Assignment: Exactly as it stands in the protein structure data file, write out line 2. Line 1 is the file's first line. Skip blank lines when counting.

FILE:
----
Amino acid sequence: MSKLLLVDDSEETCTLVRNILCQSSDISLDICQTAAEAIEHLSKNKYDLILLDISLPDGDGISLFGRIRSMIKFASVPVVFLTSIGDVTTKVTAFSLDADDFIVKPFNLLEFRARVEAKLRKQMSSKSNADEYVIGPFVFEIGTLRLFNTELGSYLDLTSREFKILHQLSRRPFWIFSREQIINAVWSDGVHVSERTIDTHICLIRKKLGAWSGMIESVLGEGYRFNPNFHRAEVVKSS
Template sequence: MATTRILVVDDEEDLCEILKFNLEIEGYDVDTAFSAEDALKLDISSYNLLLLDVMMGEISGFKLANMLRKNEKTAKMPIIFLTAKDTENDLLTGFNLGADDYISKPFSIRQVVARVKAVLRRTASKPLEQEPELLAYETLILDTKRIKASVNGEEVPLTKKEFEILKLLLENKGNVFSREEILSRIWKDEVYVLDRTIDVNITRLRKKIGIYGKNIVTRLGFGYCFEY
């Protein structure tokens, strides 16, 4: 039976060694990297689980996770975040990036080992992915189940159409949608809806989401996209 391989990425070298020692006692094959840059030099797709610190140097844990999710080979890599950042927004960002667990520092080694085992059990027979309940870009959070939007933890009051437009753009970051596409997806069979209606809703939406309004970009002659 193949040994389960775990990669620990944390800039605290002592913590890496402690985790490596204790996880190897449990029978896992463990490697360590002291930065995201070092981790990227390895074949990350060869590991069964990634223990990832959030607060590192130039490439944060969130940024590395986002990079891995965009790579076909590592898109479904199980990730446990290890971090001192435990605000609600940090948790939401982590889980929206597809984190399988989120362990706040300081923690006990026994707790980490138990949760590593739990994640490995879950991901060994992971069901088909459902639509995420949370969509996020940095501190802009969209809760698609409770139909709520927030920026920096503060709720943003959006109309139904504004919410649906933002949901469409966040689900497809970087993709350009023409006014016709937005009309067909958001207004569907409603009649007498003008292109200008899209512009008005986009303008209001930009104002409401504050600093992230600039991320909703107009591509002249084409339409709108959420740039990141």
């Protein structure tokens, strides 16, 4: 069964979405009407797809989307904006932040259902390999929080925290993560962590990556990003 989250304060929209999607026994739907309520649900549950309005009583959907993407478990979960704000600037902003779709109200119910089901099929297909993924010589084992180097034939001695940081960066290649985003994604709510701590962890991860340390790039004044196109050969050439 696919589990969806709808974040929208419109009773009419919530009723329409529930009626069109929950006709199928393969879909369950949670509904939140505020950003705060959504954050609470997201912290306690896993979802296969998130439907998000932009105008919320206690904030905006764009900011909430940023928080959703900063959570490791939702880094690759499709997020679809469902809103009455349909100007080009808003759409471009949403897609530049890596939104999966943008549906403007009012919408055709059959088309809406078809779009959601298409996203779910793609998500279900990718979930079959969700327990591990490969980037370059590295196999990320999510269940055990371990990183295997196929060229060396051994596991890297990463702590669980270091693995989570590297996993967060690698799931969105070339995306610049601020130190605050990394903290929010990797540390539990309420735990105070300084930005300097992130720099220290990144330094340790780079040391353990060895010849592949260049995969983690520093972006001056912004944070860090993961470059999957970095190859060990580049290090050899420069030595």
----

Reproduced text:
Template sequence: MATTRILVVDDEEDLCEILKFNLEIEGYDVDTAFSAEDALKLDISSYNLLLLDVMMGEISGFKLANMLRKNEKTAKMPIIFLTAKDTENDLLTGFNLGADDYISKPFSIRQVVARVKAVLRRTASKPLEQEPELLAYETLILDTKRIKASVNGEEVPLTKKEFEILKLLLENKGNVFSREEILSRIWKDEVYVLDRTIDVNITRLRKKIGIYGKNIVTRLGFGYCFEY